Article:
Case study 1: the ERM crises of 1992-3
Put simply, as a precursor to full monetary union (the euro), the economies of the EU undertook a period of exchange rate management in order to create convergence and stability before full conversion to the euro. This took the form of the Exchange Rate Mechanism (ERM). It was a hybrid of fixed and floating exchange rates where currencies were allowed to float against each other but within a pre determined band. If currencies moved to the top or bottom of the band, the central banks were committed to intervene in the markets to stay within the band.
The UK was a late member of the ERM, though it had for some years pursued a policy of shadowing the DM. This was because the DM was seen as the strongest and most stable currency in Europe. It would instil in the UK financial discipline, particularly in inflation.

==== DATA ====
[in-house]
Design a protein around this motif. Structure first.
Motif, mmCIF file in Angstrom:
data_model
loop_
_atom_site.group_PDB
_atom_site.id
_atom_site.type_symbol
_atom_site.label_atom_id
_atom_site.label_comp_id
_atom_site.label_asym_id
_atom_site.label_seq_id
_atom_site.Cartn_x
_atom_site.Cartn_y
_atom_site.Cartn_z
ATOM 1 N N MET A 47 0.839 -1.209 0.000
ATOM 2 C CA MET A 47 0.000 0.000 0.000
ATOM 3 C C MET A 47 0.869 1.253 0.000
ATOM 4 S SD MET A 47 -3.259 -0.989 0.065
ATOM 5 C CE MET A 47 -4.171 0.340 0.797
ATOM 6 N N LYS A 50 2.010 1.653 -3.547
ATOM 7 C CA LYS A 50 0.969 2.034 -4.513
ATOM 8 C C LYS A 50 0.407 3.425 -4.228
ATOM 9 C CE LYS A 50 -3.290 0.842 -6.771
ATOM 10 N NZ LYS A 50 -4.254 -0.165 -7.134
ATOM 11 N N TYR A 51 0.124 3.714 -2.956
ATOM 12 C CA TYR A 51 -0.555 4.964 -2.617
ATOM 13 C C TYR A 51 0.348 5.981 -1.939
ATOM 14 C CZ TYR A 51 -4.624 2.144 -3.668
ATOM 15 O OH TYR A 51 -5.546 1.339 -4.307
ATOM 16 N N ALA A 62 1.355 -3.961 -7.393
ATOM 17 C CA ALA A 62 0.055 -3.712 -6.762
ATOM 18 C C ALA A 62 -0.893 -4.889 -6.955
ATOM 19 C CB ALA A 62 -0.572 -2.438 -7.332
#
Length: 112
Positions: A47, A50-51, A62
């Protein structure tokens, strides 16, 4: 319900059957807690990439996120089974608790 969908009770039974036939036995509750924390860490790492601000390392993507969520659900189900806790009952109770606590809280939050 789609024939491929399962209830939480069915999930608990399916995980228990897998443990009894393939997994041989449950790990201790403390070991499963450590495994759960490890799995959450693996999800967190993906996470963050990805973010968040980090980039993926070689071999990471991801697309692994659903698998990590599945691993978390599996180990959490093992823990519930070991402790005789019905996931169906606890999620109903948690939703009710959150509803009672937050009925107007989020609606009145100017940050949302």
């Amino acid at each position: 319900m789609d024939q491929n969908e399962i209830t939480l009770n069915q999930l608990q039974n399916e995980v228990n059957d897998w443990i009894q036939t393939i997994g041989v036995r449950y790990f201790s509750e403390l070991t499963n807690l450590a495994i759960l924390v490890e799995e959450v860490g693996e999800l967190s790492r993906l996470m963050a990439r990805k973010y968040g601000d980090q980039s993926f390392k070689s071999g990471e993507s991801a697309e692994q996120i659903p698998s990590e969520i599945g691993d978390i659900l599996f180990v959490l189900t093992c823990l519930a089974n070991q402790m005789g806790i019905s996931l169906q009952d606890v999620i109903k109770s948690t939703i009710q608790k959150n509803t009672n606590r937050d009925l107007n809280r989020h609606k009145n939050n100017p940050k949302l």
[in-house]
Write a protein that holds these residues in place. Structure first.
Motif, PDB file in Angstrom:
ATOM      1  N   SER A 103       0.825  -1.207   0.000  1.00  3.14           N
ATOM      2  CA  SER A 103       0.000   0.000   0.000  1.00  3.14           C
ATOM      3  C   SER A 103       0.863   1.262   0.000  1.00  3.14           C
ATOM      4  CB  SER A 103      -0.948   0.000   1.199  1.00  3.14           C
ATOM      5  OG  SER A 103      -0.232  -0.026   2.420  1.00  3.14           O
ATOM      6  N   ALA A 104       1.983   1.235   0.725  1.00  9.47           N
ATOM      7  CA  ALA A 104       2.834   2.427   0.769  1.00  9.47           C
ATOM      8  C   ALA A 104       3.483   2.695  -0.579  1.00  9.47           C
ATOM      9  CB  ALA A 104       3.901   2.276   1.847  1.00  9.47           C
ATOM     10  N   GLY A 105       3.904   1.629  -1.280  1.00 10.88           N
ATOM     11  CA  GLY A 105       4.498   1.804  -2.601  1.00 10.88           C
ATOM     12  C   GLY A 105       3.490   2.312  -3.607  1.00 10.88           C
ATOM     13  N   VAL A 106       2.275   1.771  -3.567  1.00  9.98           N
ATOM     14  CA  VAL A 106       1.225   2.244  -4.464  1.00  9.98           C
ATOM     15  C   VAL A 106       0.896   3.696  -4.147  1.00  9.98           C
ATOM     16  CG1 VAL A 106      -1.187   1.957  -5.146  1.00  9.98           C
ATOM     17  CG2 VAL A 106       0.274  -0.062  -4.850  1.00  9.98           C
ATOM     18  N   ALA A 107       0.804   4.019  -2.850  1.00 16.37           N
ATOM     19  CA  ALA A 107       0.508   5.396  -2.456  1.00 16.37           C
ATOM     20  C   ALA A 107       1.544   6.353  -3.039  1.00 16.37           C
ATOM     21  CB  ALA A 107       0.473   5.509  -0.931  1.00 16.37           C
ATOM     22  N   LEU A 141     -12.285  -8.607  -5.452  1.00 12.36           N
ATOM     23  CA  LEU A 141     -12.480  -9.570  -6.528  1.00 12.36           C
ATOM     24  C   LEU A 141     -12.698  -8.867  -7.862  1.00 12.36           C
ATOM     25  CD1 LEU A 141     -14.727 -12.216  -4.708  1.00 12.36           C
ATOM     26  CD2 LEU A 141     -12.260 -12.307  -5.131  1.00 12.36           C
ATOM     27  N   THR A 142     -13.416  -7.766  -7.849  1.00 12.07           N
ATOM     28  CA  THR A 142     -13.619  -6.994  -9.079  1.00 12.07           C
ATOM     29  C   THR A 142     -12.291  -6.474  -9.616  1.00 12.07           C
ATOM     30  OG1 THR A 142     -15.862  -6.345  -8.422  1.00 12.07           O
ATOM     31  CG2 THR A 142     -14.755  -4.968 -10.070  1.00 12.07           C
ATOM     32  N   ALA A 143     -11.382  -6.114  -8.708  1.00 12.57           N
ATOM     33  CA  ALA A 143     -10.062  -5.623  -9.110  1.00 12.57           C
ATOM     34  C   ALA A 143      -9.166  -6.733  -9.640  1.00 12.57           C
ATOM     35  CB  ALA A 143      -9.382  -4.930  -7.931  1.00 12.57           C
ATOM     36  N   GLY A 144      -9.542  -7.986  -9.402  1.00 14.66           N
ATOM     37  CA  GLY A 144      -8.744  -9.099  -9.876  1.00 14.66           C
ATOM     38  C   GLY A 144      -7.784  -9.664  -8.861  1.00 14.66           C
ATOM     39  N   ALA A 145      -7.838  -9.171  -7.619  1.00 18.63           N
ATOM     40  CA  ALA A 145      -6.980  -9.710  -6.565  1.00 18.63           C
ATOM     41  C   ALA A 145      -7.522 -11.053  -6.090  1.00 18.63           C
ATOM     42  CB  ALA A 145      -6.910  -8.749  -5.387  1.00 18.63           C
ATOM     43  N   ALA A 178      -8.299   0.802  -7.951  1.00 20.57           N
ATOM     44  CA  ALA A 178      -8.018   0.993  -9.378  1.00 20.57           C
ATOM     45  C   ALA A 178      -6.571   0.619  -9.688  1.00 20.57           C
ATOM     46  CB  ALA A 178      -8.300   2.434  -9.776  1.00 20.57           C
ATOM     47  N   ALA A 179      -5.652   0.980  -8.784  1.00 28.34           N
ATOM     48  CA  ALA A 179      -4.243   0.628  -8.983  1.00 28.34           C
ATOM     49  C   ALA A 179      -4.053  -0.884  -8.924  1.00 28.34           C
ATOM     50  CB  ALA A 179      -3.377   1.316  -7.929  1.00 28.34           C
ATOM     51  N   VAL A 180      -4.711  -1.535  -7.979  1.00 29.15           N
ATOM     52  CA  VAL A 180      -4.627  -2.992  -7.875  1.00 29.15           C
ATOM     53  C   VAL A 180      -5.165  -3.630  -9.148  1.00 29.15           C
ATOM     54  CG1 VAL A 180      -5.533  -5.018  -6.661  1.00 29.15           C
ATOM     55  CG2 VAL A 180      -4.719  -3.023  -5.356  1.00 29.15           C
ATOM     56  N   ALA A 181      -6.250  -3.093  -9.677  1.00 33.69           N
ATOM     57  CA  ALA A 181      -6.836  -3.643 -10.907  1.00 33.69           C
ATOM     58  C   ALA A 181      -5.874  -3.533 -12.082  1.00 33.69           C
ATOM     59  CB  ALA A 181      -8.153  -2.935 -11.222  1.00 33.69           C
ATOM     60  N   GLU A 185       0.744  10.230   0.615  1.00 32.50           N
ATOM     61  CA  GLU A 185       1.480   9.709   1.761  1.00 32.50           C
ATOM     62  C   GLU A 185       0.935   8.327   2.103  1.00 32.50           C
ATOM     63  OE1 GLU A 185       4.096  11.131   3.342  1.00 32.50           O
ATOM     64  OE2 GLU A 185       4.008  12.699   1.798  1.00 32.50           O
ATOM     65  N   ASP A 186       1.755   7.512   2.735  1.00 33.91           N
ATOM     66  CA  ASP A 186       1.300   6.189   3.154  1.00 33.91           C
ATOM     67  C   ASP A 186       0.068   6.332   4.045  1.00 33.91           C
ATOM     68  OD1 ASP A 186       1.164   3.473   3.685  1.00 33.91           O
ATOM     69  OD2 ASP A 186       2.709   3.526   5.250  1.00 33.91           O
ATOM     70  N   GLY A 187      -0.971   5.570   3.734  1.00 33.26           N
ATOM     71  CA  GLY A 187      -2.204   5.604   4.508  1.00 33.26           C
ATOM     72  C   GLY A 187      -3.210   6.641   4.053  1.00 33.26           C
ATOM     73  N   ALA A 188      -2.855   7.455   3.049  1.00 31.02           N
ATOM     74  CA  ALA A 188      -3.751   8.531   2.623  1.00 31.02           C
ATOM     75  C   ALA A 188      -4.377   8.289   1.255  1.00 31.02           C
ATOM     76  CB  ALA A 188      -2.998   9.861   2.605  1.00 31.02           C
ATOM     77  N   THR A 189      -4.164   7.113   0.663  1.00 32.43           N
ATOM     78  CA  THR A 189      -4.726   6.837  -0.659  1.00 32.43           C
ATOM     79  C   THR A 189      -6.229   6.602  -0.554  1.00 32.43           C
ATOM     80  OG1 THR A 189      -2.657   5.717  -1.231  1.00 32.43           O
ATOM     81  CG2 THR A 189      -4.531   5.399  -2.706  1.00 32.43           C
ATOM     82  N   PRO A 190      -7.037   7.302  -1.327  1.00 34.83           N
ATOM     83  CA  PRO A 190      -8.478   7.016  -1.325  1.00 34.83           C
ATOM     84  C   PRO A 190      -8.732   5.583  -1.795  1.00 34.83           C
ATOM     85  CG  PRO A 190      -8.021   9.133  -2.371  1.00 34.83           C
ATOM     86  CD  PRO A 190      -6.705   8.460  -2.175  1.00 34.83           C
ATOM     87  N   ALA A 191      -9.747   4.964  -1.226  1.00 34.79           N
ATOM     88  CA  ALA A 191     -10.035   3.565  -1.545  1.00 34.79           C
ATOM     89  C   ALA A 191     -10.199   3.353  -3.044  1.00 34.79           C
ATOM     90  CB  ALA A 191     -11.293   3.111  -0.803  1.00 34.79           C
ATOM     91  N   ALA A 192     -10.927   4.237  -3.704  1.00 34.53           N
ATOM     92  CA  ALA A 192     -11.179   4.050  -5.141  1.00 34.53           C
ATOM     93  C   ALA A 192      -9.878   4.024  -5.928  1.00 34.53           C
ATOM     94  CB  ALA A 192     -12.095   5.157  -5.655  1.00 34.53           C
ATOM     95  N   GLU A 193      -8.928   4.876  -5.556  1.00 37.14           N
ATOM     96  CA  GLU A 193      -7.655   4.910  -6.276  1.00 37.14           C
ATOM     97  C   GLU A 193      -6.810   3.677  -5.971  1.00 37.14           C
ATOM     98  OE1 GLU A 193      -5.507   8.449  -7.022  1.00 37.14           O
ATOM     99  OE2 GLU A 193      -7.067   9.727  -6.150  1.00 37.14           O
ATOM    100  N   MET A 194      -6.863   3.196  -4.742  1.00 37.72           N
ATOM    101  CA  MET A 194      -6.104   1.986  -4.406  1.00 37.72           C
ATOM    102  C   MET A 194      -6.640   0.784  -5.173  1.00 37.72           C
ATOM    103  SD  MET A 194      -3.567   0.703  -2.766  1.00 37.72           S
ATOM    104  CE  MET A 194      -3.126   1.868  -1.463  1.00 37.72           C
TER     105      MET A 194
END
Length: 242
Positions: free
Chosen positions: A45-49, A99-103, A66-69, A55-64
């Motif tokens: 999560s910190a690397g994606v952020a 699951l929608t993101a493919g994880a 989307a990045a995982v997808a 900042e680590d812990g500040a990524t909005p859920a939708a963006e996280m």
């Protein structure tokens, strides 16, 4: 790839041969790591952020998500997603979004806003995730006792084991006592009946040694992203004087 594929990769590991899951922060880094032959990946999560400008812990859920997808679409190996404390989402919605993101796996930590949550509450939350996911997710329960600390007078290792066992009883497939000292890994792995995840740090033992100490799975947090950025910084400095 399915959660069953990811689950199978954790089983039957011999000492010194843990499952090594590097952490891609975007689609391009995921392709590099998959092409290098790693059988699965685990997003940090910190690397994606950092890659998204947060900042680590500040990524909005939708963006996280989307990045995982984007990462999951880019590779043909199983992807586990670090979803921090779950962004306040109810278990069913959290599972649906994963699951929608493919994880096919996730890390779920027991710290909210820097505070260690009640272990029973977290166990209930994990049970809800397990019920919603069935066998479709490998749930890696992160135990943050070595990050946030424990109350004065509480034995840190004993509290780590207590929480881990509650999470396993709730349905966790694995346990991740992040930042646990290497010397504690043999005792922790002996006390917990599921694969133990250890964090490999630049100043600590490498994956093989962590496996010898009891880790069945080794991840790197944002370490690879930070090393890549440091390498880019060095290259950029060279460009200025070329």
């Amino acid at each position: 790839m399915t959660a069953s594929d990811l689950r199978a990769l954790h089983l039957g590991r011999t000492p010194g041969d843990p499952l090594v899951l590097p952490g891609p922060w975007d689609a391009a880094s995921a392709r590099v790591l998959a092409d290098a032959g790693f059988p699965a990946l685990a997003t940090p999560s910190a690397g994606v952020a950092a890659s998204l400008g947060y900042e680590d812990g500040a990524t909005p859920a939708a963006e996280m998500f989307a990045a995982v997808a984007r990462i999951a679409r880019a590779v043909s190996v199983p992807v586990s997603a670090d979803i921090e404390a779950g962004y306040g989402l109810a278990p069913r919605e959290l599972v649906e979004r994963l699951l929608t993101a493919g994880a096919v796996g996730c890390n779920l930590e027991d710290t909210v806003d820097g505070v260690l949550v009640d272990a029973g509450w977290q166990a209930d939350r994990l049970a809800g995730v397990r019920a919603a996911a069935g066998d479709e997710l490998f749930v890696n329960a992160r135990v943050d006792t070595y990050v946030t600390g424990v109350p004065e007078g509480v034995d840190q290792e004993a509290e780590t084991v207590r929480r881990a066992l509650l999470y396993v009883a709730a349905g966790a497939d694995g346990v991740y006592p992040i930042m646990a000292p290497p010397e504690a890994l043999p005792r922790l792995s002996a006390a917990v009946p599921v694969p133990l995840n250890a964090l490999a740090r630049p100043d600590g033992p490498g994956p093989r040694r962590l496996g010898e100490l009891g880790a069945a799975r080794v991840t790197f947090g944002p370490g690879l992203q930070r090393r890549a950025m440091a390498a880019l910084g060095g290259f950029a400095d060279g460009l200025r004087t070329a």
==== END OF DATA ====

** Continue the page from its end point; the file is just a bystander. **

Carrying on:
When the UK entered the ERM IN 1990, the ERM was regarded by existing members as a great success, policies had converged and inflation had generally been brought under control.
1. The removal of capital controls in 1991 made currencies vulnerable to speculative attack.
2. The German economy as under strain from unification. The budget deficit was growing rapidly, therefore to keep inflation down, the Bundesbank kept interest rates high.
3. The UK entered the ERM at a rate many thought was unsustainably high. As th UK slid into recession, it was obliged to keep interest rates high to support the pound.
4. The US economy went into recession and interest were cut. Capital found its way to high interest rate countries, notably Germany, pushing the DM higher.
Tensions grew and in September 1992, the Italian Lira was devalued. Two days later (Black Wednesday) 16th...